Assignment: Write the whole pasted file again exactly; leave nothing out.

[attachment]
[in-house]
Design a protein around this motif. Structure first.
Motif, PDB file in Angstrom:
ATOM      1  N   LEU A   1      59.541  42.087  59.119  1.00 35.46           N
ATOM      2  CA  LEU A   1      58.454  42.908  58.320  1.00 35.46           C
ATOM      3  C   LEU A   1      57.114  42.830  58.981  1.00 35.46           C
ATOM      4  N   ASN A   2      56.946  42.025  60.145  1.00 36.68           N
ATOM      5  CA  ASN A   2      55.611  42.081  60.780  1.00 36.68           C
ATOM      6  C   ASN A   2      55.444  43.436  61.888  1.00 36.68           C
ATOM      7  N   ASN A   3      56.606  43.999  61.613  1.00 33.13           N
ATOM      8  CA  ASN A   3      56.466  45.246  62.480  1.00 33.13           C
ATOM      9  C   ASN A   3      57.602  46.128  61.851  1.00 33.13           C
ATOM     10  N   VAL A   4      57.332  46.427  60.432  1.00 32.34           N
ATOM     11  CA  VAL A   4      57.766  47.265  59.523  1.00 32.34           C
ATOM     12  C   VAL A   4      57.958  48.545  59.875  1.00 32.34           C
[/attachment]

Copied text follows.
[in-house]
Design a protein around this motif. Structure first.
Motif, PDB file in Angstrom:
ATOM      1  N   LEU A   1      59.541  42.087  59.119  1.00 35.46           N
ATOM      2  CA  LEU A   1      58.454  42.908  58.320  1.00 35.46           C
ATOM      3  C   LEU A   1      57.114  42.830  58.981  1.00 35.46           C
ATOM      4  N   ASN A   2      56.946  42.025  60.145  1.00 36.68           N
ATOM      5  CA  ASN A   2      55.611  42.081  60.780  1.00 36.68           C
ATOM      6  C   ASN A   2      55.444  43.436  61.888  1.00 36.68           C
ATOM      7  N   ASN A   3      56.606  43.999  61.613  1.00 33.13           N
ATOM      8  CA  ASN A   3      56.466  45.246  62.480  1.00 33.13           C
ATOM      9  C   ASN A   3      57.602  46.128  61.851  1.00 33.13           C
ATOM     10  N   VAL A   4      57.332  46.427  60.432  1.00 32.34           N
ATOM     11  CA  VAL A   4      57.766  47.265  59.523  1.00 32.34           C
ATOM     12  C   VAL A   4      57.958  48.545  59.875  1.00 32.34           C